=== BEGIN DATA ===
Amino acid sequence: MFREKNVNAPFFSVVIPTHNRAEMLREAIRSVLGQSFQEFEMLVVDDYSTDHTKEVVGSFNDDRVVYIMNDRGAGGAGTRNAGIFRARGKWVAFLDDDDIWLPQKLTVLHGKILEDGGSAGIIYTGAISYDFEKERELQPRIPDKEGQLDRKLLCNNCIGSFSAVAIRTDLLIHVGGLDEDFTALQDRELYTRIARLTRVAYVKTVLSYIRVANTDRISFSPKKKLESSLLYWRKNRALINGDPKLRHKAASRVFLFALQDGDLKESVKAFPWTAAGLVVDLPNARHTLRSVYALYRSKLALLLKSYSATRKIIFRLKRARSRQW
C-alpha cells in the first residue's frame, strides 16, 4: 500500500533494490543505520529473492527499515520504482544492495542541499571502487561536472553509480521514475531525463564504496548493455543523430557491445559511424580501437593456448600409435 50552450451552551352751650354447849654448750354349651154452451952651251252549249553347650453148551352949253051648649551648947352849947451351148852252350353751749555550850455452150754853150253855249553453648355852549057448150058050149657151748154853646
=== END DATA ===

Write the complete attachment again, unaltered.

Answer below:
Amino acid sequence: MFREKNVNAPFFSVVIPTHNRAEMLREAIRSVLGQSFQEFEMLVVDDYSTDHTKEVVGSFNDDRVVYIMNDRGAGGAGTRNAGIFRARGKWVAFLDDDDIWLPQKLTVLHGKILEDGGSAGIIYTGAISYDFEKERELQPRIPDKEGQLDRKLLCNNCIGSFSAVAIRTDLLIHVGGLDEDFTALQDRELYTRIARLTRVAYVKTVLSYIRVANTDRISFSPKKKLESSLLYWRKNRALINGDPKLRHKAASRVFLFALQDGDLKESVKAFPWTAAGLVVDLPNARHTLRSVYALYRSKLALLLKSYSATRKIIFRLKRARSRQW
C-alpha cells in the first residue's frame, strides 16, 4: 500500500533494490543505520529473492527499515520504482544492495542541499571502487561536472553509480521514475531525463564504496548493455543523430557491445559511424580501437593456448600409435 50552450451552551352751650354447849654448750354349651154452451952651251252549249553347650453148551352949253051648649551648947352849947451351148852252350353751749555550850455452150754853150253855249553453648355852549057448150058050149657151748154853646